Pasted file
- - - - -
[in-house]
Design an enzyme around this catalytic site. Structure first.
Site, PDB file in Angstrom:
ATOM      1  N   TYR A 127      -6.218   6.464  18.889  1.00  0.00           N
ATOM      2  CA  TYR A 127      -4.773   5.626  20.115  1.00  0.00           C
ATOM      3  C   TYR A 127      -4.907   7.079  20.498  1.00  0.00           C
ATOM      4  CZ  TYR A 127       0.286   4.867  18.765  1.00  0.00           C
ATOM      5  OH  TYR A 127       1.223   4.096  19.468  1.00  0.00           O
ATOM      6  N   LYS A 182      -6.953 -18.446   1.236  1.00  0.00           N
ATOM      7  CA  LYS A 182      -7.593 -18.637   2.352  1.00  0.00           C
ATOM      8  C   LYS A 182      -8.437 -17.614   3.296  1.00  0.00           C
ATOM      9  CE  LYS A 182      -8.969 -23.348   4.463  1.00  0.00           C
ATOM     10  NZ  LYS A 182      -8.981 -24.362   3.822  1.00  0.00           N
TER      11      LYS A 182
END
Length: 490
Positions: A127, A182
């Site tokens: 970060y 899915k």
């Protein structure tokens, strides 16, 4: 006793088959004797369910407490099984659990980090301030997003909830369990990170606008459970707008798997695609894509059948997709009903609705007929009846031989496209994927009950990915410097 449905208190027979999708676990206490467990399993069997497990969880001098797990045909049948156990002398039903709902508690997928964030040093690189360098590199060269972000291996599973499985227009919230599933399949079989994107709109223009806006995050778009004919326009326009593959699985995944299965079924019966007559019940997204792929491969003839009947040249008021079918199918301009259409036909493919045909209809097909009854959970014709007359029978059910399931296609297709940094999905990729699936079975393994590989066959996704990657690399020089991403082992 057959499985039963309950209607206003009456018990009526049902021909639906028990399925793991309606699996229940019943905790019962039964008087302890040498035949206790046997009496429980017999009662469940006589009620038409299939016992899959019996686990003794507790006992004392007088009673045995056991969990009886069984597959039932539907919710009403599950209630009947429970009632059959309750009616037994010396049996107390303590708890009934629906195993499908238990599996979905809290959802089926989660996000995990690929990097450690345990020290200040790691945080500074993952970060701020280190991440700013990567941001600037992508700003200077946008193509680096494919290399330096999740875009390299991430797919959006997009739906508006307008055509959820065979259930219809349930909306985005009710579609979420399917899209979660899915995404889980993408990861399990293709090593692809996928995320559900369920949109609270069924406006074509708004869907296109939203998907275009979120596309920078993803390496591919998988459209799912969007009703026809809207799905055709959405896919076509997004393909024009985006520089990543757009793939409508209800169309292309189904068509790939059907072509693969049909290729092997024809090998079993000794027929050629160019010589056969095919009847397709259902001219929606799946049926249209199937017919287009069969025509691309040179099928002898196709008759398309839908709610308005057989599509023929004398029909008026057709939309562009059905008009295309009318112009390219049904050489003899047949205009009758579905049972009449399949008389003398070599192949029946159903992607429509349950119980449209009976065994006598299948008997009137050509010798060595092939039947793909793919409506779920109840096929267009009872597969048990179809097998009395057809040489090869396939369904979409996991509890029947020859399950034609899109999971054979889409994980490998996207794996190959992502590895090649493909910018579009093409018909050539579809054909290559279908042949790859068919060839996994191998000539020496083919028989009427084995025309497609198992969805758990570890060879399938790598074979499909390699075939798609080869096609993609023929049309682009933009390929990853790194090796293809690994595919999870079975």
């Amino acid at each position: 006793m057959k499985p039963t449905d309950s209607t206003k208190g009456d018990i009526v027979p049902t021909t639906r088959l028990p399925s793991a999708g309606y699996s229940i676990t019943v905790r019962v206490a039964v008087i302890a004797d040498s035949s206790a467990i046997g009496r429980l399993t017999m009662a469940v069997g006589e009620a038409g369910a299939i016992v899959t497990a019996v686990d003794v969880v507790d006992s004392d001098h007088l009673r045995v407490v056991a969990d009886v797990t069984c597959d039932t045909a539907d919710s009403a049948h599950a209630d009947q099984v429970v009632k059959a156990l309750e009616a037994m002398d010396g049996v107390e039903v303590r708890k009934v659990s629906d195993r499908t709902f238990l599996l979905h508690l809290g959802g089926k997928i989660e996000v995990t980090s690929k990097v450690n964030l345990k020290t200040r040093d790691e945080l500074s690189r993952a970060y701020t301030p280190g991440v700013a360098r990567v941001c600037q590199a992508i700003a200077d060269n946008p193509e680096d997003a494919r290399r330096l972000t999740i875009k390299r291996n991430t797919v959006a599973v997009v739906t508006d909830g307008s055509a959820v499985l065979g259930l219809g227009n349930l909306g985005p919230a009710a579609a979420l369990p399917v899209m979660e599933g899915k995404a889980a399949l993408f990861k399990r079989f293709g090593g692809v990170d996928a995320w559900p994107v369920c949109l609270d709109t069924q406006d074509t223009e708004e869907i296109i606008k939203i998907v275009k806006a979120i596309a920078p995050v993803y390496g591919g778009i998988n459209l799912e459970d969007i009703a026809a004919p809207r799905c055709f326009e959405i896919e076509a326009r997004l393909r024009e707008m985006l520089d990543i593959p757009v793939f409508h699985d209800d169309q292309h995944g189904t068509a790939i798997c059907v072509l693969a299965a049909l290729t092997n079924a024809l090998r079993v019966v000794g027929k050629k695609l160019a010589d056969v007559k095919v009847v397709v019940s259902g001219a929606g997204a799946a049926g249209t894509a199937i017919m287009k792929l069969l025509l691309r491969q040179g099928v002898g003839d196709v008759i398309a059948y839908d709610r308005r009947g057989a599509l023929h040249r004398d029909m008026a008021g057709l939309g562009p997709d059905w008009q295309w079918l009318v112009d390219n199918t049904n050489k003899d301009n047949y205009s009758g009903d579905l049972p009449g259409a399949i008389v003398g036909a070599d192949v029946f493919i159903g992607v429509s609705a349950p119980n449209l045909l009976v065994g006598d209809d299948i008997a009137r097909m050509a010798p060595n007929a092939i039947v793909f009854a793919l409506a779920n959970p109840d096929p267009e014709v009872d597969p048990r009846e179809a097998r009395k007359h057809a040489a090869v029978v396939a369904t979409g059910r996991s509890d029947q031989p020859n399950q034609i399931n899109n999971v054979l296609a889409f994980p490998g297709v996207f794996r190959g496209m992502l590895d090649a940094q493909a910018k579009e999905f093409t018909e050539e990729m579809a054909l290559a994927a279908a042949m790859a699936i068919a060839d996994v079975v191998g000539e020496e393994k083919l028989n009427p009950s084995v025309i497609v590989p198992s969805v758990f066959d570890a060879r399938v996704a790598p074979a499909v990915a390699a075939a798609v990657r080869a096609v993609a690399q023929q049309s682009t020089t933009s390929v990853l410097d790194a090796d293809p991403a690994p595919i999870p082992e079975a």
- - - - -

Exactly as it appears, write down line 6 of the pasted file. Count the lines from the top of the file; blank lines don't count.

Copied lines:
ATOM      3  C   TYR A 127      -4.907   7.079  20.498  1.00  0.00           C